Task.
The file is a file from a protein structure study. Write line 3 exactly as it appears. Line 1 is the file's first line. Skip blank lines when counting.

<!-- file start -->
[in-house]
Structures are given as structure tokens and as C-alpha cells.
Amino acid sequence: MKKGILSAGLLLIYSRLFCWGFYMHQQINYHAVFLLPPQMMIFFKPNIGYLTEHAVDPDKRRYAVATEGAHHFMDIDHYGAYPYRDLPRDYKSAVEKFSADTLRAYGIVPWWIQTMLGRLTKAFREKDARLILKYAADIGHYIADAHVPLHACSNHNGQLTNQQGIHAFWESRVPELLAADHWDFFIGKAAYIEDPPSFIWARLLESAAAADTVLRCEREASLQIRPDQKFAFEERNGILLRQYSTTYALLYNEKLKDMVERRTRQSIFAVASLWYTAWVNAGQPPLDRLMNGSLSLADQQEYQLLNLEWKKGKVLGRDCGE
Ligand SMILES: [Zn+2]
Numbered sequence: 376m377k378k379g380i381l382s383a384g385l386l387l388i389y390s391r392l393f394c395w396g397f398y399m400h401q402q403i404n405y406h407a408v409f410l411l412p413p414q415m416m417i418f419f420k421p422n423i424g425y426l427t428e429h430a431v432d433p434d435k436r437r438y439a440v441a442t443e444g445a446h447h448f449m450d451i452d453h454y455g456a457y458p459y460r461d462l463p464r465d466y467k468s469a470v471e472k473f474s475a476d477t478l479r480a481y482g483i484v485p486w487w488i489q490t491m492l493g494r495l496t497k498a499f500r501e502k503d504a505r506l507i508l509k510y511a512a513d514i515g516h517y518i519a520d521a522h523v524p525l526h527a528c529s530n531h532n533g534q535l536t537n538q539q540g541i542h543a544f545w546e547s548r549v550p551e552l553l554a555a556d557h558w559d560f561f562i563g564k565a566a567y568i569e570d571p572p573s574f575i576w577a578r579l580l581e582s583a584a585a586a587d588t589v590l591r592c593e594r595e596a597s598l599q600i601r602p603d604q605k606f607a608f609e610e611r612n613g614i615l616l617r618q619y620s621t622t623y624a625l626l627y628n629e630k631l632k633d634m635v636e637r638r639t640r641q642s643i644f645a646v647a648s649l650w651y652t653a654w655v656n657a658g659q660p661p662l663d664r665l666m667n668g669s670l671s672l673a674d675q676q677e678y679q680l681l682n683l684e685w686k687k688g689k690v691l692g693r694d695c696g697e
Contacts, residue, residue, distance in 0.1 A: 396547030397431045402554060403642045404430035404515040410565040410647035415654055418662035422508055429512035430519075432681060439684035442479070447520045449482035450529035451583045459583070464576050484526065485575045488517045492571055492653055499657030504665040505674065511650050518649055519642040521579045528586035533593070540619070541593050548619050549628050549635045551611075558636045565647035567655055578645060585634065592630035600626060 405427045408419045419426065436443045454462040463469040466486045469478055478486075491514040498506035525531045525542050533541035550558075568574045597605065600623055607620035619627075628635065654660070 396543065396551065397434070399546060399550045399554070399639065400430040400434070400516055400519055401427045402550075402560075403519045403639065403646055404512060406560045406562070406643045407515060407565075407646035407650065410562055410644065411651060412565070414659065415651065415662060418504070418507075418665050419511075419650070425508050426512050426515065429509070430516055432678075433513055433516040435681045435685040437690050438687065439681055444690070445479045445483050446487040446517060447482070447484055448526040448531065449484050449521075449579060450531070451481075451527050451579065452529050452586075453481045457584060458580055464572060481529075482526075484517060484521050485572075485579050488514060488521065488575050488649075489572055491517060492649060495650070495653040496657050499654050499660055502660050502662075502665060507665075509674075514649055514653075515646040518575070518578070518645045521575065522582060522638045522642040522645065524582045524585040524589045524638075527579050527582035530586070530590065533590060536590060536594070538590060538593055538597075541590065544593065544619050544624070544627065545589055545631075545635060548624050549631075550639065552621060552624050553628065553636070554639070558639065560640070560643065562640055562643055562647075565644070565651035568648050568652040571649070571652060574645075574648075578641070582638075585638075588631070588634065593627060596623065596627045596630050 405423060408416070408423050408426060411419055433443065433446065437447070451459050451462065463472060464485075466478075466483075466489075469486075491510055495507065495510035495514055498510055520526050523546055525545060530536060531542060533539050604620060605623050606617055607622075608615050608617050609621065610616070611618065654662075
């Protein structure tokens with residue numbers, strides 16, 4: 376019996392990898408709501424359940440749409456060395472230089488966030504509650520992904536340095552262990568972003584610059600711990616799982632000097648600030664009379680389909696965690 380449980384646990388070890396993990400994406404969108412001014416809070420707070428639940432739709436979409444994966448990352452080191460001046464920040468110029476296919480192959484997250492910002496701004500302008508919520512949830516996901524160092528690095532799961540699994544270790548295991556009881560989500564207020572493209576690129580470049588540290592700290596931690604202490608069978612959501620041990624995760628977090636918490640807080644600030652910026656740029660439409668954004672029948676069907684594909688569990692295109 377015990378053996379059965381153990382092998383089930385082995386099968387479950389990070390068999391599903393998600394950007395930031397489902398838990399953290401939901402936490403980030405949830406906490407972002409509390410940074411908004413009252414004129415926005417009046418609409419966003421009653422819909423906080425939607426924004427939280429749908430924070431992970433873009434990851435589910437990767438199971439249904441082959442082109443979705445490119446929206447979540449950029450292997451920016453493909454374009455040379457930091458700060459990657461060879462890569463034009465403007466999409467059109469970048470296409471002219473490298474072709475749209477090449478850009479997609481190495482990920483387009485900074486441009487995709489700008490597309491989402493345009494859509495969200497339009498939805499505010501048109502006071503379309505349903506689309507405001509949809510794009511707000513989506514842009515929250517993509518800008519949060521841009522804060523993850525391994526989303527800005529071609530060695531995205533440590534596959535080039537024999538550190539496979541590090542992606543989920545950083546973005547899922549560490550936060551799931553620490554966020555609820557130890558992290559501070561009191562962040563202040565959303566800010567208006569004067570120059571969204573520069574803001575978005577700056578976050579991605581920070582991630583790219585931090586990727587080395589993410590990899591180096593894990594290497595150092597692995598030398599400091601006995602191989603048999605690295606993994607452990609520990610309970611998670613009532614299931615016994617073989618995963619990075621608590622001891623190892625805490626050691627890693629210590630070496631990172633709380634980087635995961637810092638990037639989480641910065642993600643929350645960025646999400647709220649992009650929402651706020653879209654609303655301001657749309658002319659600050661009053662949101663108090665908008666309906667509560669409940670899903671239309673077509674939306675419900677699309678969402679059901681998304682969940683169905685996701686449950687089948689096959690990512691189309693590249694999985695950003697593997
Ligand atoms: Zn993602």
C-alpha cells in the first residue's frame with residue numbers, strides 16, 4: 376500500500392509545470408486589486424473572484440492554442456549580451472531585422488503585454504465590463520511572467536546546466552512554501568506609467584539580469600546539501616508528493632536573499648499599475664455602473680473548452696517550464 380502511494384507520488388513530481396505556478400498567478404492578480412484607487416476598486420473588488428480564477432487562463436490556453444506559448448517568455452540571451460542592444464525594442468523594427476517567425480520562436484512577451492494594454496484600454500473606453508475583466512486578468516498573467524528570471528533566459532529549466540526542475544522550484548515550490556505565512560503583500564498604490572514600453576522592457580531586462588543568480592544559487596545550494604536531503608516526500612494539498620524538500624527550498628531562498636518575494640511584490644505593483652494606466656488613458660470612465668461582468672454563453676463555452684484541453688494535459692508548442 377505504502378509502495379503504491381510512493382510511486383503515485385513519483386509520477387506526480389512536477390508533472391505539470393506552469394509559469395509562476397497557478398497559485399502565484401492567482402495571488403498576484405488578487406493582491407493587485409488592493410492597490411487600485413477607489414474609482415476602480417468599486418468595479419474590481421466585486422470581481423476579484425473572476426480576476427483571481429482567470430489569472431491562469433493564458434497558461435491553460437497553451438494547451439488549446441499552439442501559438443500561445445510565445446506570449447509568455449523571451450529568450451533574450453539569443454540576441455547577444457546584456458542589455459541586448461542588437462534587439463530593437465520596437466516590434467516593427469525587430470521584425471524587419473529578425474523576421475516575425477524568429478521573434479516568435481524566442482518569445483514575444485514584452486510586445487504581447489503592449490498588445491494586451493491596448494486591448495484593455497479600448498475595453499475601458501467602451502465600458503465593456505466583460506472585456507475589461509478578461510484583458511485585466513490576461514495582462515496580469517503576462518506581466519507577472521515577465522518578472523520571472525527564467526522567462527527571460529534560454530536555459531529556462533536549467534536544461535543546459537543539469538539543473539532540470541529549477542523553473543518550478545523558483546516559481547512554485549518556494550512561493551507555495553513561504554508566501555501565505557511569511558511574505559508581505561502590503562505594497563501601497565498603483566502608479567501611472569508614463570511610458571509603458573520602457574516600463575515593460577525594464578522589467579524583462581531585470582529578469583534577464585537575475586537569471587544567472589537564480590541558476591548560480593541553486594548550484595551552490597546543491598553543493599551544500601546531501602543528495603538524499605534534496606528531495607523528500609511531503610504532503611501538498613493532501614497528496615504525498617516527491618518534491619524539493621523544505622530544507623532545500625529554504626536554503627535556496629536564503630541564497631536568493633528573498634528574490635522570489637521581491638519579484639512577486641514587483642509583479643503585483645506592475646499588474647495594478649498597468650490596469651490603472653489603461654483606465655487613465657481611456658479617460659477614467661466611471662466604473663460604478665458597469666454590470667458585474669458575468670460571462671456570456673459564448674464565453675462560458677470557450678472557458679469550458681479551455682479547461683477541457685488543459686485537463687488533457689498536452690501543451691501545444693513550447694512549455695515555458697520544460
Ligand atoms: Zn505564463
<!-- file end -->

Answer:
Amino acid sequence: MKKGILSAGLLLIYSRLFCWGFYMHQQINYHAVFLLPPQMMIFFKPNIGYLTEHAVDPDKRRYAVATEGAHHFMDIDHYGAYPYRDLPRDYKSAVEKFSADTLRAYGIVPWWIQTMLGRLTKAFREKDARLILKYAADIGHYIADAHVPLHACSNHNGQLTNQQGIHAFWESRVPELLAADHWDFFIGKAAYIEDPPSFIWARLLESAAAADTVLRCEREASLQIRPDQKFAFEERNGILLRQYSTTYALLYNEKLKDMVERRTRQSIFAVASLWYTAWVNAGQPPLDRLMNGSLSLADQQEYQLLNLEWKKGKVLGRDCGE